Allison Ramsey, MD
Dr. Allison Ramsey earned her undergraduate degree at Colgate University and her medical degree at the University of Rochester School of Medicine and Dentistry. She completed her internal medicine training at the University of Rochester School of Medicine and Dentistry and remained at the university to complete her fellowship training in allergy and clinical immunology. Dr. Ramsey is board certified in internal medicine and allergy and immunology. Her professional interests include the treatment of drug allergy and eosinophilic disorders. She also enjoys teaching medical trainees. She is a member of the American Academy of Allergy, Asthma, and Immunology, the American College of Allergy, Asthma, and Immunology, the New York State Allergy Society, and the Finger Lakes Allergy Society. In her personal life, her interests include exercise, especially running and horseback riding; and spending time with her husband and two children.
Syed Shahzad Mustafa, MD
After growing up in the Rochester area, Dr. Mustafa pursued his undergraduate studies at the Johns Hopkins University in Baltimore and attended medical school at SUNY Buffalo. He then completed his internal medicine training at the University of Colorado and stayed in Denver to complete his fellowship training in allergy and clinical immunology at the University of Colorado, National Jewish Health, and Children's Hospital of Denver.
Melissa Conrad Stöppler, MD
Melissa Conrad Stöppler, MD, is a U.S. board-certified Anatomic Pathologist with subspecialty training in the fields of Experimental and Molecular Pathology. Dr. Stöppler's educational background includes a BA with Highest Distinction from the University of Virginia and an MD from the University of North Carolina. She completed residency training in Anatomic Pathology at Georgetown University followed by subspecialty fellowship training in molecular diagnostics and experimental pathology.
In this Article
- Anaphylaxis facts
- What is anaphylaxis?
- What is the history of anaphylaxis?
- What are common causes of anaphylaxis?
- What are anaphylaxis symptoms and signs?
- Are there any disorders that appear similar to anaphylaxis?
- How is anaphylaxis diagnosed?
- Recommendations after an initial episode of anaphylaxis
- What are emergency measures used in the treatment of anaphylaxis?
- What is the treatment for anaphylaxis?
- Is it possible to prevent anaphylaxis?
- What is the prognosis of anaphylaxis?
- Find a local Doctor in your town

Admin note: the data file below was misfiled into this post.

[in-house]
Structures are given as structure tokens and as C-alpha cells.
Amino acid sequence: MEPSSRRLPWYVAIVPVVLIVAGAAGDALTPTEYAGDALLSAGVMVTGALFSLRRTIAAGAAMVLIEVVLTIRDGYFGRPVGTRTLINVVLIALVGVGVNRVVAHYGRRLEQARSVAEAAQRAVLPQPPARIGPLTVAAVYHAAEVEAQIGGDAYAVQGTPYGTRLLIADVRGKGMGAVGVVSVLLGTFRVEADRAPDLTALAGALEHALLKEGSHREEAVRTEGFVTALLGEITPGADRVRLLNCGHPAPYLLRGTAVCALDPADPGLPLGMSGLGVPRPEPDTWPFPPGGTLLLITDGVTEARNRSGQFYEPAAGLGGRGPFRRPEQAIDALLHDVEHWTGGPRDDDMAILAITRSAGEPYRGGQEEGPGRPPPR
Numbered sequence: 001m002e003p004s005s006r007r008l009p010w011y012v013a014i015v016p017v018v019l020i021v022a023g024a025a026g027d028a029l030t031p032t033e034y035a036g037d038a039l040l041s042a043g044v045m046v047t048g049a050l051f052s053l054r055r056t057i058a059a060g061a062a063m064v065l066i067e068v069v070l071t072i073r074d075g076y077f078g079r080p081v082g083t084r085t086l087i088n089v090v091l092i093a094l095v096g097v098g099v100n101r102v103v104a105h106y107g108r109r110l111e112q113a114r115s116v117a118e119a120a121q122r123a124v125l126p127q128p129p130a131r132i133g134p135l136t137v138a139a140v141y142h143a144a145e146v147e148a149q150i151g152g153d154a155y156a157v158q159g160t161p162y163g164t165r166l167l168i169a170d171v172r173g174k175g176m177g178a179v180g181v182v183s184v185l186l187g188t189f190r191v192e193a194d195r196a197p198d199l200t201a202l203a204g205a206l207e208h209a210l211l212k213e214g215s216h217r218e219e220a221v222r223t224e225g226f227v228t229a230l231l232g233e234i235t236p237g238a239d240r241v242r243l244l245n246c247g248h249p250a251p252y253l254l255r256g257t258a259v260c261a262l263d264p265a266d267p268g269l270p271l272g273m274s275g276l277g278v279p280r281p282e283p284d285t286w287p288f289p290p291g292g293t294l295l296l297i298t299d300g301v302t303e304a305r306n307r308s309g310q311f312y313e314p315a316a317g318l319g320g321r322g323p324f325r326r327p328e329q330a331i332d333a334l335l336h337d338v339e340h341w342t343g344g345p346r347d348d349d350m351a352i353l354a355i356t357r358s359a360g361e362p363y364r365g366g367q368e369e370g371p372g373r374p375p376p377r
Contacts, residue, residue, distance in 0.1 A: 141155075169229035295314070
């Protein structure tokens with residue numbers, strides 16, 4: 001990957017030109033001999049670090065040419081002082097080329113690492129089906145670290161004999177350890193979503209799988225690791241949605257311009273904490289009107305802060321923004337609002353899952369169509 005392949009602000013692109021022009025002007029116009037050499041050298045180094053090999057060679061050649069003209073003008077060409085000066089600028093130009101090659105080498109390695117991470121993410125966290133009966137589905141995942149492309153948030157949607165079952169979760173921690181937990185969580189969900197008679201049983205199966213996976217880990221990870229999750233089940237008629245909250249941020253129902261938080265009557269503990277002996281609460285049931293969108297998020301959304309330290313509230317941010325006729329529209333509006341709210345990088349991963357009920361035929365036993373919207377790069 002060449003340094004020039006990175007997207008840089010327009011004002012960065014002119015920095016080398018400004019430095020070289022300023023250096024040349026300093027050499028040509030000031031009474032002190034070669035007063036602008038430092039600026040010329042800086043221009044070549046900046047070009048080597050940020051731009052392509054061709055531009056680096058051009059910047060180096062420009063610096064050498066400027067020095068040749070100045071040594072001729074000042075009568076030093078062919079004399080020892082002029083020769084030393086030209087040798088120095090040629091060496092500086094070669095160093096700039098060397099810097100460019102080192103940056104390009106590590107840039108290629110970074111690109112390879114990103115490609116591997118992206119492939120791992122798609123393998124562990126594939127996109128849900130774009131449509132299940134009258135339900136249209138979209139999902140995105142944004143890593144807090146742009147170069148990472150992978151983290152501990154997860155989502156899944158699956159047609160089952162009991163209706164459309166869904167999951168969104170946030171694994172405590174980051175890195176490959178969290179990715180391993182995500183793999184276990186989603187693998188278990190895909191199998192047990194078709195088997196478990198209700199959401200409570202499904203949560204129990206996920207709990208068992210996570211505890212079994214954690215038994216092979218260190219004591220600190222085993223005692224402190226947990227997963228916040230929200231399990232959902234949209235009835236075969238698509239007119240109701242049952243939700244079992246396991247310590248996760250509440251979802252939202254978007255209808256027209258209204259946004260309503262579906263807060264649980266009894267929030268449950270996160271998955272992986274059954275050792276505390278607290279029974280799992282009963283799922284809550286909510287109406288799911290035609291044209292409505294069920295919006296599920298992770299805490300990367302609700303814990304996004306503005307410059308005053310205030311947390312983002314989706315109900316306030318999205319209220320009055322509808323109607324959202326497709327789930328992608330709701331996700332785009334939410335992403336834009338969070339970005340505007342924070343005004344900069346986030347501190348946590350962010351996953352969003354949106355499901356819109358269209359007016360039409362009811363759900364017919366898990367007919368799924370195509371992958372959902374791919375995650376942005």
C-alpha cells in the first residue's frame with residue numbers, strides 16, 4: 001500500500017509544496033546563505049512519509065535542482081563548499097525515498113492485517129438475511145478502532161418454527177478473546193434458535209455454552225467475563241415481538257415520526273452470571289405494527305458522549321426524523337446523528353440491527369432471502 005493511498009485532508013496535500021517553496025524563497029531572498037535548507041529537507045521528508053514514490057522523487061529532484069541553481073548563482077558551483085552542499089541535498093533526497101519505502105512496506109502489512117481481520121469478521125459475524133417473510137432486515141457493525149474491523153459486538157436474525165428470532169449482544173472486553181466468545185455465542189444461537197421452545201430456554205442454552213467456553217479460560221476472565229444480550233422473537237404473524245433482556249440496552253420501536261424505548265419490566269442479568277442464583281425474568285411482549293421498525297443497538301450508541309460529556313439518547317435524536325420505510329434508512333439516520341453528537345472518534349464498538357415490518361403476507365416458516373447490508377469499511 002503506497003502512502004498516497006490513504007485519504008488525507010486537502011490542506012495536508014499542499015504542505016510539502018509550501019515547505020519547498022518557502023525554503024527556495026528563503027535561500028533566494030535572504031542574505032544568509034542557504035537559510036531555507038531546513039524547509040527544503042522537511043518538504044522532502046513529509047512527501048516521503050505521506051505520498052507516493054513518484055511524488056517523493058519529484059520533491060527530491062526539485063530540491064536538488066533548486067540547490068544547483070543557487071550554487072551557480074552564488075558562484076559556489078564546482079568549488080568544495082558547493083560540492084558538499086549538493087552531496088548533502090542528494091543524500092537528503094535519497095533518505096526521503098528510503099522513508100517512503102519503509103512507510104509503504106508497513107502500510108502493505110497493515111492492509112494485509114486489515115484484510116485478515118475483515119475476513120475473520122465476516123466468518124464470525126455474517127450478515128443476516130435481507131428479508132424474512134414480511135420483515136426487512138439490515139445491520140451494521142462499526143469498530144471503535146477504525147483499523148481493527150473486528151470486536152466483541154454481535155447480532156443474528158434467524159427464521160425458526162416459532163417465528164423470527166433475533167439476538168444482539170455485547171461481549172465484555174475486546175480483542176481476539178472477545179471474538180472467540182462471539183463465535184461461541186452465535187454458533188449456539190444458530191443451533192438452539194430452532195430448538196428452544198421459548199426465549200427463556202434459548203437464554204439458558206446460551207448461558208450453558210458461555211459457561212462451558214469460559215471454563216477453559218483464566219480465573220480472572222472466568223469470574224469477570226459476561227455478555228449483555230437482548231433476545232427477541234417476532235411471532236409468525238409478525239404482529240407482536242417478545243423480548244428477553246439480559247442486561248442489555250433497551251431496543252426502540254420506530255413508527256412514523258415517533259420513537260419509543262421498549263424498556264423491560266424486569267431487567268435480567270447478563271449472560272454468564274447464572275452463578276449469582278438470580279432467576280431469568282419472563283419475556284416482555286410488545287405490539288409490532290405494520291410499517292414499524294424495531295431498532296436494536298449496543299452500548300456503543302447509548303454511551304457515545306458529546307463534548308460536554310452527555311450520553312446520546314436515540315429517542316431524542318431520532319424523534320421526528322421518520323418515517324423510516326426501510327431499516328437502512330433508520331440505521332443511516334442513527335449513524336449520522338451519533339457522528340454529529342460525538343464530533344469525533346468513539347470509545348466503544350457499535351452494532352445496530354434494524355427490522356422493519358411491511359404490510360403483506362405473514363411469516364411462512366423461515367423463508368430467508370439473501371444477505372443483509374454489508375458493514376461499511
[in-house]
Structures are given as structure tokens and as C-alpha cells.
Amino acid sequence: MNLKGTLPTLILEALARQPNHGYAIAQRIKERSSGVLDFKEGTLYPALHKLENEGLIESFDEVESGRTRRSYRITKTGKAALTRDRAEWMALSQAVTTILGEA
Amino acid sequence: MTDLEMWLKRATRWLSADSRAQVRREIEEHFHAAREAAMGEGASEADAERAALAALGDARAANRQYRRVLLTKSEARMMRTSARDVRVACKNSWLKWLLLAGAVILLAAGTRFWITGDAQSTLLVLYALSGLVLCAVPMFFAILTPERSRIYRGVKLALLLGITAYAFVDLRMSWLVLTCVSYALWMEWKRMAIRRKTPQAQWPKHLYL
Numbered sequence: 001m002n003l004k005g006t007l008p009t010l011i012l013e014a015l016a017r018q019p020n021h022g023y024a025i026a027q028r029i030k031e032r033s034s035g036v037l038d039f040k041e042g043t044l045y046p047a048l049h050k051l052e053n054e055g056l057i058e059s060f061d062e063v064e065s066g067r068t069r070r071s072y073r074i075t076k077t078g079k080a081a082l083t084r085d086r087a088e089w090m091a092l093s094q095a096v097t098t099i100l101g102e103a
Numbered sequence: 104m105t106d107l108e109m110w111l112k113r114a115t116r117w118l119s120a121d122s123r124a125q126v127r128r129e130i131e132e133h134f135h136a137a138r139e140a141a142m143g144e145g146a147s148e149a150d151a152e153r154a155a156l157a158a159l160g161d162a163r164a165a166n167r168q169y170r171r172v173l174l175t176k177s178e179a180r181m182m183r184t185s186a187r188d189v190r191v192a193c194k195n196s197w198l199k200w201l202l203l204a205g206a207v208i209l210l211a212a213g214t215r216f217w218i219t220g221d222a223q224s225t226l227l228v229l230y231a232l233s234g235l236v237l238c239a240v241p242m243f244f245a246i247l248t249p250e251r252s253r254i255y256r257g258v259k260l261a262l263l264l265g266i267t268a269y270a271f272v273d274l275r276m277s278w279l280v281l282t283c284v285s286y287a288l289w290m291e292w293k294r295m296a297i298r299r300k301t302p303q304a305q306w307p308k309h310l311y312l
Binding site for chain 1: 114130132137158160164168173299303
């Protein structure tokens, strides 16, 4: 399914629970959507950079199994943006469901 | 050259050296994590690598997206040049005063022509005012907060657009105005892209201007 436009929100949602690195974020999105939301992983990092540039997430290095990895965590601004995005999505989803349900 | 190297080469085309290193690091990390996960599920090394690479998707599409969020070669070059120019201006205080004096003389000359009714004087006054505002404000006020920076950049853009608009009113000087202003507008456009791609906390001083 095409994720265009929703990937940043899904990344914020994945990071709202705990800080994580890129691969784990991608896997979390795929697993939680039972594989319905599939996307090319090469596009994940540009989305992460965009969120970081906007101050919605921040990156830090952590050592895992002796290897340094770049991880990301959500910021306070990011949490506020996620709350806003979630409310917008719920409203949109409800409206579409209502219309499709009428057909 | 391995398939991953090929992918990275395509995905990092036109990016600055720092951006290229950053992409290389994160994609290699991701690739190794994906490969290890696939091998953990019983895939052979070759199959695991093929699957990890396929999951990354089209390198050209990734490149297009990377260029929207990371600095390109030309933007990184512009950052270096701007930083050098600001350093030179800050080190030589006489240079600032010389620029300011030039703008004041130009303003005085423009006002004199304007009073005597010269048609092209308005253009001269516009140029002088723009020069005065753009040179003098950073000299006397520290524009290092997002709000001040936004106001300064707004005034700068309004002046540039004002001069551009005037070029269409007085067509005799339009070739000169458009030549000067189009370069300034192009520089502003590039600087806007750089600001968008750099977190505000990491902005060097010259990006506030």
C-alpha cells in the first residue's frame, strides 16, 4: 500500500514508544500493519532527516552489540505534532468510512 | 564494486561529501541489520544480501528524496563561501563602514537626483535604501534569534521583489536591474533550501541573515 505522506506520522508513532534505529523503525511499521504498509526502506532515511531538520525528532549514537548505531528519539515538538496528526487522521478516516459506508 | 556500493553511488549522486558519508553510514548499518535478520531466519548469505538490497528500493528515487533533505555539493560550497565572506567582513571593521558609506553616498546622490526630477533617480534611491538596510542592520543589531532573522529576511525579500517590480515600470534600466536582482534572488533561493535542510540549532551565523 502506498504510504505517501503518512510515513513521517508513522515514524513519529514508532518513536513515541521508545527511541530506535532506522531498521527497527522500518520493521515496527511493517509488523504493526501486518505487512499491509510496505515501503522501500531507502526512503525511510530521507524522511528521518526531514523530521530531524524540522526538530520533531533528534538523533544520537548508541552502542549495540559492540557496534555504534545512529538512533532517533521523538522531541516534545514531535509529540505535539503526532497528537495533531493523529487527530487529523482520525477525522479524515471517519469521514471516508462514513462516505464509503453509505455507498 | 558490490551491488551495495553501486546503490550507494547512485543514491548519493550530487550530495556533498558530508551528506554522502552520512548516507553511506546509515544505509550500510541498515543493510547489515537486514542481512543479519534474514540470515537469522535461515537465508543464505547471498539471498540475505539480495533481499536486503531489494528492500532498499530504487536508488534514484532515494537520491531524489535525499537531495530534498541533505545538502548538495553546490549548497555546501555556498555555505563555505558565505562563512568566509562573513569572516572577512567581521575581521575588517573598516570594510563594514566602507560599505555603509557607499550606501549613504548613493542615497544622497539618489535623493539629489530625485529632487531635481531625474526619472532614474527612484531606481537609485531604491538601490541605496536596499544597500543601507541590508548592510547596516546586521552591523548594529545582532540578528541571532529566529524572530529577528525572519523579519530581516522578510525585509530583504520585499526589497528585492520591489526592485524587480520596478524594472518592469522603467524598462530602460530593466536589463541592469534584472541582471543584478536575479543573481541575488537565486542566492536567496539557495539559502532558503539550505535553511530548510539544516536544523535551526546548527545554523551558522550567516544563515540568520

What are common causes of anaphylaxis?
The major causes of anaphylaxis include medications, foods, drugs, latex, and insect bites or stings (wasps, yellow jackets, hornets, honeybees, and fire ants), and latex. The causes of anaphylaxis are divided into two major groups:
IgE-mediated: This form requires an initial sensitizing exposure (an exposure to the substance that will later trigger the anaphylaxis) and then occurs on a subsequent exposure. It involves the coating of mast cells and basophils (cells in the blood and tissue that secrete mediators, the substances that cause allergic reactions) by an antibody called IgE, and the subsequent release of chemical mediators upon re-exposure. IgE-mediated anaphylaxis can occur with foods, drugs, latex, and insect stings. Although it may appear that IgE-mediated anaphylaxis occurs upon a first exposure to a food, drug, or insect sting, there must have been a prior sensitization from a previous exposure, which is often unknown. One may not remember an uneventful sting. The previous exposure to a food may not be recalled; it may occur in utero, through breast milk, or through the skin, particularly in individuals with eczema (atopic dermatitis).
Non-IgE-mediated: These reactions have the same symptoms as true anaphylaxis but do not require an IgE immune reaction. They are usually caused by the direct stimulation of the mast cells and basophils. In the past, they have been termed "anaphylactoid reactions." The same mediators are released as with IgE-mediated anaphylaxis, and the same effects are produced. This reaction can happen on initial, as well as subsequent, exposures, since no sensitization is required. This type of reaction usually occurs with medications. A common cause of a non-IgE-mediated reaction is IV contrast used in imaging studies.
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